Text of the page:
For millennia, First Nations have continuously cared for lands and seas. Colonisation and the associated exclusion of First Nations management in the landscape drastically changed vegetation structures, significantly contributing to devastating fire events. On Minjerribah and Mulgumpin, the Quandamooka people are restoring cultural fire practices and integrating their knowledge into land management to reduce the occurrence of large wildfires.This presentation outlines how fire management strategies coordinated by the Quandamooka First Nation are protecting urban areas, culture, infrastructure, and natural assets across Country. This work has been recognised as a leading example of effective fire management by the Queensland Inspector General of Emergency Management as part of the Queensland Bushfires Review, implementing many actions identified through the Royal Commission into National Natural Disaster Arrangements.Presenter: Joel Bolzenius, Dr Diana Virkki, Maddie George.Powerpoint slides: Recognising and Empowering First Nations Leadership in Fire Management.#NationalLandcareConference#LandcareConf22#FirstNationsKnowledge#FirstNationsKnowledge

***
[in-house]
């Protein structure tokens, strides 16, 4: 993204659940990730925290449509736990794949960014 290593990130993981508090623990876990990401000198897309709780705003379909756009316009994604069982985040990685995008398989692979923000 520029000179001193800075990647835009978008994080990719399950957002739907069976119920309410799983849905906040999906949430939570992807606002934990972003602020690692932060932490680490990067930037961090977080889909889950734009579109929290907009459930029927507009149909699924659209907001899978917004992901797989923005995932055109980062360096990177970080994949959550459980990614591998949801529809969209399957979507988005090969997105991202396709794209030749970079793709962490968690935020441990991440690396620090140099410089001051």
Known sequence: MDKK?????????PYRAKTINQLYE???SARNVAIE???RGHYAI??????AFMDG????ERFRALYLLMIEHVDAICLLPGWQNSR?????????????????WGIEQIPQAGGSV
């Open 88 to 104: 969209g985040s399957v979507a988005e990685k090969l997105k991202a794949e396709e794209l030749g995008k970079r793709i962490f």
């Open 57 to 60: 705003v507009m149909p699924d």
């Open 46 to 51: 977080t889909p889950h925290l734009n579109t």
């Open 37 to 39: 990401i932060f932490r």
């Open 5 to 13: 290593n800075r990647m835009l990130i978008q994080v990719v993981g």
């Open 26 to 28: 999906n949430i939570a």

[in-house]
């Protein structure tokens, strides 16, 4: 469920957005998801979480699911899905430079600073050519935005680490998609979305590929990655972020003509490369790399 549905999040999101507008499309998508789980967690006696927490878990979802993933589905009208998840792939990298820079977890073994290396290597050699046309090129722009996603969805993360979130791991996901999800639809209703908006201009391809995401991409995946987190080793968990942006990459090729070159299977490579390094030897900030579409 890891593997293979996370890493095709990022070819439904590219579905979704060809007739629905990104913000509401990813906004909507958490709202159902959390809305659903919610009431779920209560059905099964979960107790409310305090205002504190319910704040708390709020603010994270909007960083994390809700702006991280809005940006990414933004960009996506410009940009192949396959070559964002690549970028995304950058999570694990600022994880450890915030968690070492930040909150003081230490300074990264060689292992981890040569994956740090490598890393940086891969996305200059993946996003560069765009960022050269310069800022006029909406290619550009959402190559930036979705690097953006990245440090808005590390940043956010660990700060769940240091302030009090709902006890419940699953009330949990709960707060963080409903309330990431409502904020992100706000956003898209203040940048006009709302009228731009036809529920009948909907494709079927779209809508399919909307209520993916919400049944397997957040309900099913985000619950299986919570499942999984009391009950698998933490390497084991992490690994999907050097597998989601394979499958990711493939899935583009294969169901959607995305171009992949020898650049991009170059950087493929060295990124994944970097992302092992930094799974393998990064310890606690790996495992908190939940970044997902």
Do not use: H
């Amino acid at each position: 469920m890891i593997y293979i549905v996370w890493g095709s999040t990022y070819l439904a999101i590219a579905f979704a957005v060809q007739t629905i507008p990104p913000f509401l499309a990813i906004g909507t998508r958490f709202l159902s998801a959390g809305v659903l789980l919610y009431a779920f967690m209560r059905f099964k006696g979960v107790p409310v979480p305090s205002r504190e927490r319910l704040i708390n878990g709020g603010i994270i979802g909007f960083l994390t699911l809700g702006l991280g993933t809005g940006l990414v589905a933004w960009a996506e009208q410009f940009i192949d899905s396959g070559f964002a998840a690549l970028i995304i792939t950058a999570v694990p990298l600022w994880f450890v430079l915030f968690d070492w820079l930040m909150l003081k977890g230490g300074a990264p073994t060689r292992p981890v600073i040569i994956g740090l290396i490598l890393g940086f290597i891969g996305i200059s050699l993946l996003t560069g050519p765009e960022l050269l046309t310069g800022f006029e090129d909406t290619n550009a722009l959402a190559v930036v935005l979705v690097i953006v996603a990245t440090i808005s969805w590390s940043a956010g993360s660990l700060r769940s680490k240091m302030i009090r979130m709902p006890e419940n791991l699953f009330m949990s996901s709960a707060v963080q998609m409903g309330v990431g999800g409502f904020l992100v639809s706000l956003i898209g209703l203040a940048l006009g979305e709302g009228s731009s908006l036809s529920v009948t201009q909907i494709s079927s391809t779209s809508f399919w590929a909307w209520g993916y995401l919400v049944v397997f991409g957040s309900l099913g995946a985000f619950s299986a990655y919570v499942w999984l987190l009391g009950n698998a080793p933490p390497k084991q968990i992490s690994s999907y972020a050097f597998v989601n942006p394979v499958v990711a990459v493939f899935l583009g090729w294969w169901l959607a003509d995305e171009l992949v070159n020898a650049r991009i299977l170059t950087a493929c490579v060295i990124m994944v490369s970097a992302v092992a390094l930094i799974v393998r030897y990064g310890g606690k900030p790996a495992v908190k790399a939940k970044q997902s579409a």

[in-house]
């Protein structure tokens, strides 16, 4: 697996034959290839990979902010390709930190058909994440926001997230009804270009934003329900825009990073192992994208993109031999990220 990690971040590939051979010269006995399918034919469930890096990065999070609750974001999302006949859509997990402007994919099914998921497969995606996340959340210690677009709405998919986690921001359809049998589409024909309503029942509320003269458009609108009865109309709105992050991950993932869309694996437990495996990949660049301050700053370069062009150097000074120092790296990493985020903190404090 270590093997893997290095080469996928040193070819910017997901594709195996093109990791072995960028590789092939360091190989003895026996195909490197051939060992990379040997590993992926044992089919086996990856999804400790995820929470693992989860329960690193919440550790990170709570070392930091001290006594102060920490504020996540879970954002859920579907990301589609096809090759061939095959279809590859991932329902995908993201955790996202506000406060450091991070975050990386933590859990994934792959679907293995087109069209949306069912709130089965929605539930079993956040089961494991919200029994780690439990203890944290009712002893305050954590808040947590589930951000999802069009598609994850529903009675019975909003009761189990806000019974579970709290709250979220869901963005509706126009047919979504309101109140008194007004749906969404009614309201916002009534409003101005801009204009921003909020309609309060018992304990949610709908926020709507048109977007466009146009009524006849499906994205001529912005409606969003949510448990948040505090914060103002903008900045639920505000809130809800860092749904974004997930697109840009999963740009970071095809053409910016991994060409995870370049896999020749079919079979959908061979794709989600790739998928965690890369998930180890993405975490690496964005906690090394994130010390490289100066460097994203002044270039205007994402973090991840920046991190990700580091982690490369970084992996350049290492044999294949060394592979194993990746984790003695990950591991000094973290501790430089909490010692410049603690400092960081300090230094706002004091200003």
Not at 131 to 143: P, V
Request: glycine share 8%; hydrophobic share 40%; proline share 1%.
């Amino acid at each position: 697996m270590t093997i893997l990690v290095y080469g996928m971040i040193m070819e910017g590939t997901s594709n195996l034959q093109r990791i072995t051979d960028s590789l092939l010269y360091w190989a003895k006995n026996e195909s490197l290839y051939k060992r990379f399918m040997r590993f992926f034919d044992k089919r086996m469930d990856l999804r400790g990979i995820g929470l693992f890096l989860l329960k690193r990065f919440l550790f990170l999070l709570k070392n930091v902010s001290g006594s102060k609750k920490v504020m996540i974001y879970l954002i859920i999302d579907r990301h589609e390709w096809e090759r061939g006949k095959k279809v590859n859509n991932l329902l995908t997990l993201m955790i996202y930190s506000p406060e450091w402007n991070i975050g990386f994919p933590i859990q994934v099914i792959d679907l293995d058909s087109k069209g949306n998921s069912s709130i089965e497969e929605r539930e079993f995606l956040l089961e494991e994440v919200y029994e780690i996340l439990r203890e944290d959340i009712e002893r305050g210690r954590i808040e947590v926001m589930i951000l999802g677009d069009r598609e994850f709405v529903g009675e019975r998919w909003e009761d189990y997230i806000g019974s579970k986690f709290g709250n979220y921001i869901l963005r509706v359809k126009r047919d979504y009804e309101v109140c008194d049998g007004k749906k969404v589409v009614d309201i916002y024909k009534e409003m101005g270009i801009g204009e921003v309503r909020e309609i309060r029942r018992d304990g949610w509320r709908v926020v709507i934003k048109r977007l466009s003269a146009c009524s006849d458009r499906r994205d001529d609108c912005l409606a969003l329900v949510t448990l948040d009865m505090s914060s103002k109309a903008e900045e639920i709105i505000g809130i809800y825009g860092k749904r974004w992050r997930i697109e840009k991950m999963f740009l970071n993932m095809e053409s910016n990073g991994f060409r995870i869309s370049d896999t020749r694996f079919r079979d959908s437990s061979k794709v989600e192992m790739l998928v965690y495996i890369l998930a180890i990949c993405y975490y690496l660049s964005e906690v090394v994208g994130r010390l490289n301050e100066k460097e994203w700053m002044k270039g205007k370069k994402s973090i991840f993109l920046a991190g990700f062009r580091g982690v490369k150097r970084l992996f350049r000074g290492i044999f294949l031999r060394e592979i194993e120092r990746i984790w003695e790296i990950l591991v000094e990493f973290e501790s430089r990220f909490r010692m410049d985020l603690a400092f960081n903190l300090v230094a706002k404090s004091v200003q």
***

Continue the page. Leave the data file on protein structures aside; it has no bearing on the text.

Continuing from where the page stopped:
I was at this presentation at the conference and thought it was a very nice integration of indigenous knowledge into managing fire risk in today’s bureaucratic environment. We need to see much more of this so that we can get more cool burns completed and avoid the more destructive hazard reduction burns which are common practice in so many places.
How can we get more indigenous groups learning these fire management practices. I know that Firesticks Alliance is doing a great job but are there more initiatives out there? There is a lot of country out there that needs burning at the moment.
Level 3, 6 Help StChatswood NSW 20671800 151 email@example.com
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